Monday, November 26, 2012

The Five-Step Regulatory Guide to Converting a World-Class Beach Town into a Pile of Shit

The Five-Step Regulatory Guide to Converting a World-Class Beach Town into a Pile of Shit:
The white stuff ain't snowStep 1: Be a
lovely California seaside town
with gorgeous bluffs and rocks
that everybody (this author included) loves walking and sitting
Step 2: Ban people from walking and sitting on
the bluffside rocks, "partly because of safety concerns."
Step 3: Discover that when you remove the
presence of humans, those bluffside rocks swell up with sea gulls
and cormorants, and predictably begin to smell like
like shit
Step 4: Discover that hosing down the guano is
verboten because of state environmental
regulations, to the
extent that "multiple state regulatory agencies would have to issue
permits before the [cleaning] agents could be used, a process that
regulators have indicated would probably take at least two
That's what color the rocks used to beStep 5: Enjoy the smell of regulatory
success! As the New York Times describes it:
Everyone agrees that it is worst in the hot summer months. Even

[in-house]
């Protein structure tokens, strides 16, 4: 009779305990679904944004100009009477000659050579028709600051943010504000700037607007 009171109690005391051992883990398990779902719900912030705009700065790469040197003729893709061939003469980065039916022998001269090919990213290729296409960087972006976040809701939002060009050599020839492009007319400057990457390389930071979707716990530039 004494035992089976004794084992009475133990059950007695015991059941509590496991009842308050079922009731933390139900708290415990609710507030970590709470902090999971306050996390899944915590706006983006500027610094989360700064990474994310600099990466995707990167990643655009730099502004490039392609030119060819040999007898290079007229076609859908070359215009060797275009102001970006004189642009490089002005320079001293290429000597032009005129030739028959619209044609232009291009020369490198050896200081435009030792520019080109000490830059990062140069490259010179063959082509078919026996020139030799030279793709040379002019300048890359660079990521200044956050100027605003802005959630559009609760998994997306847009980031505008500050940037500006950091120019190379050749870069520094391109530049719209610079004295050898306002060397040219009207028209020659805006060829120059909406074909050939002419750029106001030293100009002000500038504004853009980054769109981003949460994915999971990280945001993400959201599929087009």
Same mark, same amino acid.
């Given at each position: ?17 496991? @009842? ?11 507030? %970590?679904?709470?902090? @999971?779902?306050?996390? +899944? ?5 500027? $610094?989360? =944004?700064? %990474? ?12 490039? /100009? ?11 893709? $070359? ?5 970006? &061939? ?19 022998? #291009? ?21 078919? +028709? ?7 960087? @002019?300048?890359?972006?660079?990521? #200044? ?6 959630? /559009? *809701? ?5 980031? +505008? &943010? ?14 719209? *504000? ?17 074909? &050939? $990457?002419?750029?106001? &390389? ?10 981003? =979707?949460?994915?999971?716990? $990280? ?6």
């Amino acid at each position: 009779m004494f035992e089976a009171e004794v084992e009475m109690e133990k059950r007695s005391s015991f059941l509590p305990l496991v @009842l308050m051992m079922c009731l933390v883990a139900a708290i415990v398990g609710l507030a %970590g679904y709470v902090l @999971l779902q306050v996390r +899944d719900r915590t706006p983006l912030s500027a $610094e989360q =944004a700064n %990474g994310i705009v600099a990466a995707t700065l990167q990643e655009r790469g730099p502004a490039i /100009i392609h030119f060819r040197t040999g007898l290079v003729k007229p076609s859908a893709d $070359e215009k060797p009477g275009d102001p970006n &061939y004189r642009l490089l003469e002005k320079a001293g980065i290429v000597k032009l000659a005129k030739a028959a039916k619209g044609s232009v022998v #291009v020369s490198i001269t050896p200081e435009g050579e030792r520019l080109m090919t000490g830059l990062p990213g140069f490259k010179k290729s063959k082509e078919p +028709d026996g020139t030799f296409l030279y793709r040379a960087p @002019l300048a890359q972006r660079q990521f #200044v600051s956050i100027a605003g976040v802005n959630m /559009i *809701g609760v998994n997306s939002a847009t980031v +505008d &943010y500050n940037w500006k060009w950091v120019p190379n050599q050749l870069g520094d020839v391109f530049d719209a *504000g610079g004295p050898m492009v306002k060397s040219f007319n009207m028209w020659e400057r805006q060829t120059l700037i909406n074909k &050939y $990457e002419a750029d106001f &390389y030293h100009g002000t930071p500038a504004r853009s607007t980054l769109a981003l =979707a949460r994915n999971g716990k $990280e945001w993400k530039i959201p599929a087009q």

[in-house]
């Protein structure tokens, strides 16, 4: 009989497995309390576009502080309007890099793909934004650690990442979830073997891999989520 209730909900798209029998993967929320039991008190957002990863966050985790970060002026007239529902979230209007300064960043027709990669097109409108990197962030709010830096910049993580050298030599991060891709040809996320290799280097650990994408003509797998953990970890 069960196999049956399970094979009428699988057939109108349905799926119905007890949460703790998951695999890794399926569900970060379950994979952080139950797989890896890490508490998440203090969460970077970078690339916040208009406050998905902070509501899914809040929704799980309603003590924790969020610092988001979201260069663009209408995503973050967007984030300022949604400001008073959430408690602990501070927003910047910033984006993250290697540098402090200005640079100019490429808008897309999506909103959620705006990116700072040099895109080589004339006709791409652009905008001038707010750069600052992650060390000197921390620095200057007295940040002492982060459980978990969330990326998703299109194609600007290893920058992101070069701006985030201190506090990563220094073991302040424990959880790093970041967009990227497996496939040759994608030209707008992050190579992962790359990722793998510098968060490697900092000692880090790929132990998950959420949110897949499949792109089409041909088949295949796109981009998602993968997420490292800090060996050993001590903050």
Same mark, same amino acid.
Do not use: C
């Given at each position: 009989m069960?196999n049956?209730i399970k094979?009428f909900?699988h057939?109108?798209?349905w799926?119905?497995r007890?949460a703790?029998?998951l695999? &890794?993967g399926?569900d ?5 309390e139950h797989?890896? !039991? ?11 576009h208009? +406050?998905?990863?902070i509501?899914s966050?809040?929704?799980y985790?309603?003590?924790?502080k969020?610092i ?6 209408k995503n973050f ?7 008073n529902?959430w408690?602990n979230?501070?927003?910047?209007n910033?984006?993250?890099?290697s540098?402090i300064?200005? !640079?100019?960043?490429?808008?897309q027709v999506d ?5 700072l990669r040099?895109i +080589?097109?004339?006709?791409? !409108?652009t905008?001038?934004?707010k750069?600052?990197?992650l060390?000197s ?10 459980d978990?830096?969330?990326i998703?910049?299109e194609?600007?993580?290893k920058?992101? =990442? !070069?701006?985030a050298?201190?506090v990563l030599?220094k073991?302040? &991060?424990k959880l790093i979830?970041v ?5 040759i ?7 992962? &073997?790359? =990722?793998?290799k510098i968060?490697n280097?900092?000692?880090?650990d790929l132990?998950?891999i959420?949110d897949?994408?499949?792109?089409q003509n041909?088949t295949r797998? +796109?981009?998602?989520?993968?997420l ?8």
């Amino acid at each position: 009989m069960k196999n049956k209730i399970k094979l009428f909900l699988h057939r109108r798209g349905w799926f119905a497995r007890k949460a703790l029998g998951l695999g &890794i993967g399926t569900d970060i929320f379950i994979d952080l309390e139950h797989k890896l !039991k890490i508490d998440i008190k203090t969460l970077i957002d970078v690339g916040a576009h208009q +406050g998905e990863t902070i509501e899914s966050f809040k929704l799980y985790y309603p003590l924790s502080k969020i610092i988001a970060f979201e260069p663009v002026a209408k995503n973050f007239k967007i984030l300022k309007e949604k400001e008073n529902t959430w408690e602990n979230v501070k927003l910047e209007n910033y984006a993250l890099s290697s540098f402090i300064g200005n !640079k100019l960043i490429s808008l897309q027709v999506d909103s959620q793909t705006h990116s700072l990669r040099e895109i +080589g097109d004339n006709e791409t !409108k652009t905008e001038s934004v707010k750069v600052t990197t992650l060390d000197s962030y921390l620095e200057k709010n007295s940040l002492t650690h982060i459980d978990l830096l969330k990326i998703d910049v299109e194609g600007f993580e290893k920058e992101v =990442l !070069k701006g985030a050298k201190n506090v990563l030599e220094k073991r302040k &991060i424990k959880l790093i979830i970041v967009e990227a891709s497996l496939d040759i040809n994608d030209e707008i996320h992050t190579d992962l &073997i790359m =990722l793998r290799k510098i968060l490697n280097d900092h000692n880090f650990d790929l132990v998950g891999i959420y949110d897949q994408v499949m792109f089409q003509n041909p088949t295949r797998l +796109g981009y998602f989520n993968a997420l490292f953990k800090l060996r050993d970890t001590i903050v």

on a cool November day, though, the smell was noticeable inside
ocean-facing rooms at local hotels and half a mile inland in the
commercial center. [...]
Ms. Long from Tennessee, covering her nose with a scarf as she
walked around the cove, said she would not eat at any of the
restaurants right on the water or stay in the hotels there (and
next time, she plans to park her car more strategically, away from
the rocks where the birds and seals congregate).
But don't worry, La Jolla's fate is in the trusty hands of
historically (and musically) illiterate environmental
"We need to consider a range of alternatives for cleaning the
rocks, and one of those could be no project, just sit and wait for
rain," said Kanani Brown, an analyst for the California Coastal
Commission, one of the regulatory agencies. "I know
that's not ideal for local businesses, but that's historically been
the approach."